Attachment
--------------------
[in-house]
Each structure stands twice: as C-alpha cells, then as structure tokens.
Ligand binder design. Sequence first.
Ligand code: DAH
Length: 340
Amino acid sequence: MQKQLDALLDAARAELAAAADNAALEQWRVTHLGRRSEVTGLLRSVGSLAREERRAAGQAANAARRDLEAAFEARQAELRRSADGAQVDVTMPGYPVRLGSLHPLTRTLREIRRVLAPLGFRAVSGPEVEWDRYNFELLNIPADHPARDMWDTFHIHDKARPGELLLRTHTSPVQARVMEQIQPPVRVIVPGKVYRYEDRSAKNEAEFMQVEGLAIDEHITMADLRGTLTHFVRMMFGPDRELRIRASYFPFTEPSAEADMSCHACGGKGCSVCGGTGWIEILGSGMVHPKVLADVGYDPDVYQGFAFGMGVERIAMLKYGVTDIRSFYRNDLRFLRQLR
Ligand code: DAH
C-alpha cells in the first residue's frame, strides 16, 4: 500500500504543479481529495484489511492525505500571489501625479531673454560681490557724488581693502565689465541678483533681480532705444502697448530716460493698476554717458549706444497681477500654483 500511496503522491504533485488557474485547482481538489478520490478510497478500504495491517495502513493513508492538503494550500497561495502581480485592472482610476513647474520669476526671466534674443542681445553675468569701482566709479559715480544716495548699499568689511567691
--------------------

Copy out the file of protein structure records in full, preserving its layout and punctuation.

[in-house]
Each structure stands twice: as C-alpha cells, then as structure tokens.
Ligand binder design. Sequence first.
Ligand code: DAH
Length: 340
Amino acid sequence: MQKQLDALLDAARAELAAAADNAALEQWRVTHLGRRSEVTGLLRSVGSLAREERRAAGQAANAARRDLEAAFEARQAELRRSADGAQVDVTMPGYPVRLGSLHPLTRTLREIRRVLAPLGFRAVSGPEVEWDRYNFELLNIPADHPARDMWDTFHIHDKARPGELLLRTHTSPVQARVMEQIQPPVRVIVPGKVYRYEDRSAKNEAEFMQVEGLAIDEHITMADLRGTLTHFVRMMFGPDRELRIRASYFPFTEPSAEADMSCHACGGKGCSVCGGTGWIEILGSGMVHPKVLADVGYDPDVYQGFAFGMGVERIAMLKYGVTDIRSFYRNDLRFLRQLR
Ligand code: DAH
C-alpha cells in the first residue's frame, strides 16, 4: 500500500504543479481529495484489511492525505500571489501625479531673454560681490557724488581693502565689465541678483533681480532705444502697448530716460493698476554717458549706444497681477500654483 500511496503522491504533485488557474485547482481538489478520490478510497478500504495491517495502513493513508492538503494550500497561495502581480485592472482610476513647474520669476526671466534674443542681445553675468569701482566709479559715480544716495548699499568689511567691